Left to right: (1) An unhatched female midge, Dasyhelea australia antiqua preserved in its pupa--about 1 to 2 millimeters in length (less than a twelveth of an inch). The Barstow variety of midge most clostely resembles Dasyhelea australis australis, now living on the islands of Islas Juan Fernandez, roughly 400 miles west of Santiago, Chile. Dasyhelea-type mides, by the way, while commonly referred to as "biting midges," do not actually consume animal blood. They thrive on the nectar from flowers.

(2) This particular specimen might not look like much, but it really is a significant find; it's one of only two or three fairly complete fairy shrimp ever found in the fossil record, world-wide--and, it's the best-preserved fossil fairy shrimp ever found. The scientific name is Archaebranchinecta barstowensis and it's almost 3 millimeters long (slightly less than an eighth of an inch). Fragmentary fairy shrimp remains are among the most abundant specimens recovered from the Barstow Formation calcareous concretions; often, fairy shrimp fossil fecal pellets (poop), preserved as minute (less than a millimeter, or twenty-fourth of an inch long) rod-like structures, form distinct layers throughout many of the calcium carbonate concretions.

Interestingly, this specific species of fossil fairy shrimp from the middle Miocene Barstow Formation is most similar to the living Archaebranchinecta pollicifera, now native to the mountains of Bolivia and Peru, around Lake Titicaca.

This is a photomicrograph of a fossil springtail called paleoentomologically Entomobrya kirkyae, an image taken from a specific scientific paper; dissolved by a professional paleoentomologist from a calcareous concretion collected from the middle Miocene Barstow Formation, Fossil Insect Canyon, Mojave Desert, California. The specimen is 1.5 millimeters in actual length (roughly one-sixteenth inch). Such springtails of the genus Entomobrya are commonly called "slender springtails". Its closest living modern representative is Entomobrya atrocincta, a springtail known to inhabit stagnant water pools in California.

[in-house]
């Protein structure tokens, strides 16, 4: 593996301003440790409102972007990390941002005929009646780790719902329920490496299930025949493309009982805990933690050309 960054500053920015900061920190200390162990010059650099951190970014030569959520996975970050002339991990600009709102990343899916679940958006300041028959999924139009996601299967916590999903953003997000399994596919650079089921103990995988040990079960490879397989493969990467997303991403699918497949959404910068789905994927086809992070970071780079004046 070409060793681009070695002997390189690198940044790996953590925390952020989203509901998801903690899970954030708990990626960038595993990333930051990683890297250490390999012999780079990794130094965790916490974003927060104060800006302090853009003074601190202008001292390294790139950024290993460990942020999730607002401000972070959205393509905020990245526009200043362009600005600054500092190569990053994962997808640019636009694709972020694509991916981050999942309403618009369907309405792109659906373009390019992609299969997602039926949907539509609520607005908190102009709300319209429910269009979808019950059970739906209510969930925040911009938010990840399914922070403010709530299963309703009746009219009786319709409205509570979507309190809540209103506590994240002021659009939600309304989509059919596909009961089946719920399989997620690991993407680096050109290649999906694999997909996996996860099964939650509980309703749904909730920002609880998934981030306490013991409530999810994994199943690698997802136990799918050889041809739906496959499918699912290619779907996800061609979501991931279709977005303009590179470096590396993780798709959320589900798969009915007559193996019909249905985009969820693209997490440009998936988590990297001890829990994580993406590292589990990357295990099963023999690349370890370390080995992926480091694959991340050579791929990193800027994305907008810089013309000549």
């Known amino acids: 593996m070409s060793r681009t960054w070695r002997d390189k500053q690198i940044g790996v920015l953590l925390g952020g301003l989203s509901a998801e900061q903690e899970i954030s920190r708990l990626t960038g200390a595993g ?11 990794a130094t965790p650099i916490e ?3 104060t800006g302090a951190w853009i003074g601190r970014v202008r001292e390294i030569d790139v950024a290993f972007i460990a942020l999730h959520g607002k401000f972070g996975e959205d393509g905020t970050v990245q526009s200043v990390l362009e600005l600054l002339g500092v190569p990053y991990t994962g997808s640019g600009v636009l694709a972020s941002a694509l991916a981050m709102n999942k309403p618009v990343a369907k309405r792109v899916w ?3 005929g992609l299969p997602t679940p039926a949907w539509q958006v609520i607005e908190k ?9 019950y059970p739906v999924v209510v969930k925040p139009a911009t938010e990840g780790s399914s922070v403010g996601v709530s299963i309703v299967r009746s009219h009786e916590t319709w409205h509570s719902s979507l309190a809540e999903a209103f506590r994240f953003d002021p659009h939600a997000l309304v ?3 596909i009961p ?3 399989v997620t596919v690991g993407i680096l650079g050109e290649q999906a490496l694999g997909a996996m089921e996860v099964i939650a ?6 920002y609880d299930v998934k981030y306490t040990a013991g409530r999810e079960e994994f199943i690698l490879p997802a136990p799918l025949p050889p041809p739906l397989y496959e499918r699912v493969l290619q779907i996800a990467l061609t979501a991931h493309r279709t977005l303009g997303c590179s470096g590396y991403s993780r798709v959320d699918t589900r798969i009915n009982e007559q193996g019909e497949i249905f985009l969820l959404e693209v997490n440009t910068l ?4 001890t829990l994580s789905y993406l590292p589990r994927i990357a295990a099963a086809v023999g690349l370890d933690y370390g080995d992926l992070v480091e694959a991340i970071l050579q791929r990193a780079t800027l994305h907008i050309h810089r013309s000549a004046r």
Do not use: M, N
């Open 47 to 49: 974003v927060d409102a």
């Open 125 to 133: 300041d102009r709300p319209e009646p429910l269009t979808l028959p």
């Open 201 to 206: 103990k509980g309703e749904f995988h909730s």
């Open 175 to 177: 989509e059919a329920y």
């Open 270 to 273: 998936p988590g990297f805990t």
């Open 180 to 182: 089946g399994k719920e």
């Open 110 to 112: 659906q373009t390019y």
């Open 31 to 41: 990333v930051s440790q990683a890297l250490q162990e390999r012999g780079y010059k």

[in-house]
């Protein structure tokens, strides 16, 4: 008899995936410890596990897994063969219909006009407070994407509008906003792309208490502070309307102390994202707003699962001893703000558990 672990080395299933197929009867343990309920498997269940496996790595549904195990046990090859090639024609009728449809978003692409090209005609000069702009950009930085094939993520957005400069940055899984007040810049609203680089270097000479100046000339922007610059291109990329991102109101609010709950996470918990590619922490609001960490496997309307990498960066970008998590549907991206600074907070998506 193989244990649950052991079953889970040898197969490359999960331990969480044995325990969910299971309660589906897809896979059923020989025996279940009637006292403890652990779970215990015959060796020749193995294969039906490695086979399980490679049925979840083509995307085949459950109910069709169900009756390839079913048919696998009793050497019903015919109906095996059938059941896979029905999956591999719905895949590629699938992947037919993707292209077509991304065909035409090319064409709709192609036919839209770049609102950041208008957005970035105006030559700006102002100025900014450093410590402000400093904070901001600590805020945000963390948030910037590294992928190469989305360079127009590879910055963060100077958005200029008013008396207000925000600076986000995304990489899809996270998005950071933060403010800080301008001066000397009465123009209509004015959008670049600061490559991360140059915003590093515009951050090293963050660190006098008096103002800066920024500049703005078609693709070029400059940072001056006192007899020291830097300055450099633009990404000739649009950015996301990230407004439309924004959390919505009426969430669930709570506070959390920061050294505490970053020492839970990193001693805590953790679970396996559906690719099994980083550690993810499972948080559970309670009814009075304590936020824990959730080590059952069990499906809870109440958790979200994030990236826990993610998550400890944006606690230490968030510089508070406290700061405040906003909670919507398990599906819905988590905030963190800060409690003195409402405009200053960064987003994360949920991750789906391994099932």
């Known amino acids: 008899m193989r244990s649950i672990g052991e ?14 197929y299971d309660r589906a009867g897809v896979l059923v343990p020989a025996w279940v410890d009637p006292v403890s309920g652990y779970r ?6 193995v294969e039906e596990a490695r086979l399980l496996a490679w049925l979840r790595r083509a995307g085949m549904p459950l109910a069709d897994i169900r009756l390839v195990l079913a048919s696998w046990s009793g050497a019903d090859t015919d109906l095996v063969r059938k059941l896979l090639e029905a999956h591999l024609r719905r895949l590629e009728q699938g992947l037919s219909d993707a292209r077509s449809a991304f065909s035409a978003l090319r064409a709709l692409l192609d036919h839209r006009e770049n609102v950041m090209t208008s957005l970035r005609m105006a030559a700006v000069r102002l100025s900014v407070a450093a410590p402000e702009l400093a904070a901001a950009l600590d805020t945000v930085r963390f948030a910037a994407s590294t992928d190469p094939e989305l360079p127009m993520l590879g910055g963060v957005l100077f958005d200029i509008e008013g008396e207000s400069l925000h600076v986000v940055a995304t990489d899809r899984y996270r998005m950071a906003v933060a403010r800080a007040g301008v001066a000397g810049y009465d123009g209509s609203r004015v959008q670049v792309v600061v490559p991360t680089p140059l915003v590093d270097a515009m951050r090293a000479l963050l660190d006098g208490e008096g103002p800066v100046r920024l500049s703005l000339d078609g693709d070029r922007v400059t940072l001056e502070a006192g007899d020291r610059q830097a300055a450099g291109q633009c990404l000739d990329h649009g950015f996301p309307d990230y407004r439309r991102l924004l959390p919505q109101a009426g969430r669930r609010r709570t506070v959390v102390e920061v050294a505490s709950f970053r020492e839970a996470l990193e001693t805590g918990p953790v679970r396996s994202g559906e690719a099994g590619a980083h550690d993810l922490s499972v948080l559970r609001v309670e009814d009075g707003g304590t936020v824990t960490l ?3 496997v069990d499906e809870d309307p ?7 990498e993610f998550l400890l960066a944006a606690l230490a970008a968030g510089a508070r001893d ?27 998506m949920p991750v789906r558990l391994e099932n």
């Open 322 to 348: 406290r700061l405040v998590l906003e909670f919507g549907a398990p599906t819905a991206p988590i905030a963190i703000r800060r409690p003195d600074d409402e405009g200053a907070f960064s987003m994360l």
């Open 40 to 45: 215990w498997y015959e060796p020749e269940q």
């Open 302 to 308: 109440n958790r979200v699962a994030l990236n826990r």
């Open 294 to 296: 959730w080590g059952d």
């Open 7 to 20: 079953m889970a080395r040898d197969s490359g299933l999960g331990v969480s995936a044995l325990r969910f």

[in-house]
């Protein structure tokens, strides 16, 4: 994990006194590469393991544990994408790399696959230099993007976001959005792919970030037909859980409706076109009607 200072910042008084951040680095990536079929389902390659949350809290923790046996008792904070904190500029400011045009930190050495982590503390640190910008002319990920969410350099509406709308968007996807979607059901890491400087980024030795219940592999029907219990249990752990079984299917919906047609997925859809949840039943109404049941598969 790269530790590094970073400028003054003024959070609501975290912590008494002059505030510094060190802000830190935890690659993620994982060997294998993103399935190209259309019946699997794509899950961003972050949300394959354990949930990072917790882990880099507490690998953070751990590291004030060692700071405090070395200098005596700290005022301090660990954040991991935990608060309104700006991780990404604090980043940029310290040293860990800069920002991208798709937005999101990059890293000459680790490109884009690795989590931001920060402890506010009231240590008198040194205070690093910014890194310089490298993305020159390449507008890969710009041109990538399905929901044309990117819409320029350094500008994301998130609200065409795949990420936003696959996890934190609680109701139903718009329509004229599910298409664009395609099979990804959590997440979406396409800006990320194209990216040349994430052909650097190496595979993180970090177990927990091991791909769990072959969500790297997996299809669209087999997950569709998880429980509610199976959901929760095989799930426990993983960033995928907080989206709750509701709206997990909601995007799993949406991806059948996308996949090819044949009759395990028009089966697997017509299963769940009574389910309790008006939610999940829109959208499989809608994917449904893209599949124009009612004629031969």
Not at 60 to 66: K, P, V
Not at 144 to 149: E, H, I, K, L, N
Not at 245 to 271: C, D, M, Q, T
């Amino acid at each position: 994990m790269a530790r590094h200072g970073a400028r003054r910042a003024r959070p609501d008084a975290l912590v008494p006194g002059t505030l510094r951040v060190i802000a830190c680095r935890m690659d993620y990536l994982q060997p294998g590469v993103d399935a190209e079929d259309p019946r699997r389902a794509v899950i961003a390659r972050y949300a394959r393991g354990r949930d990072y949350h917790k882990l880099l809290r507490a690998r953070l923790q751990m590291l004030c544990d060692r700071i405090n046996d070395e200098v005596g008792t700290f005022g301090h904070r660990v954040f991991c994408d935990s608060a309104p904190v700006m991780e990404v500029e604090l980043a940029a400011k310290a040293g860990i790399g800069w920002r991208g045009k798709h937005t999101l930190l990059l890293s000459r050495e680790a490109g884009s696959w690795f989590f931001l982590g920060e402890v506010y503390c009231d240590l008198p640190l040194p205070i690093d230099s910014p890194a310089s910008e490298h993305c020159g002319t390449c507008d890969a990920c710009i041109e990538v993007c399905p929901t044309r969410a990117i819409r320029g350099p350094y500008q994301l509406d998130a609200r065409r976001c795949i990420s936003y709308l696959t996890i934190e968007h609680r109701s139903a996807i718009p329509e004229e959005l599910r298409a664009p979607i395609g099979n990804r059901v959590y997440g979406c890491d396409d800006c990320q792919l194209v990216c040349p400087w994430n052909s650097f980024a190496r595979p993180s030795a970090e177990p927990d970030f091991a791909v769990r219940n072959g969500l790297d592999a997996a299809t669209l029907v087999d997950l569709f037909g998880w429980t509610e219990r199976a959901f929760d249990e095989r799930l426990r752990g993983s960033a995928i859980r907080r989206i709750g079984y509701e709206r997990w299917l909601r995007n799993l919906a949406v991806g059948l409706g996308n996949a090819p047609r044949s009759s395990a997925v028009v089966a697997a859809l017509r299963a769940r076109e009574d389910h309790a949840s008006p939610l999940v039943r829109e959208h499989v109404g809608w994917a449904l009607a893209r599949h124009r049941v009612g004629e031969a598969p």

Here is a termite wing, preserved as an extraordinarily rare (very uncommon for the "Barstow Bug" fauna, anyhow) cast impression on the surface of a calcareous concretion from the middle Miocene Barstow Formation, Fossil Insect Canyon, Mojave Desert California--an image taken from a specific scientific paper. The specimen measures 6.7 millimeters in actual length, slightly over a quarter inch. Scientific name is Reticulitermes laurae. Closest living relative is probably Reticulitermes tibialis, also called the The Arid-Land subterranean termite--which is commonly found from the Pacific Coast to Indiana, and southwards from Montana to lower California, Texas, and Mississippi--although the Barstow fossil termite's wings were substantially longer.

This is a photomicrograph of an adult thrip, dissolved by a professional paleoentomologist from a calcareous concretion collected from the middle Miocene Barstow Formation, Fossil Insect Canyon, Mojave Desert, California--an image taken from a specific magazine that went belly-up, defunct, several years ago. Its formal scientific, entomological name is Anaphothrips (Proscirtothrips) vitreus; actual length of specimen is .8 millimeter, or slightly less than one twenty-fifth of an inch. Resembles the living thrip Proscirtothrips zeae that presently lives in California, Oregon, Arizona, Nevada, Utah, Idaho, and South Dakota.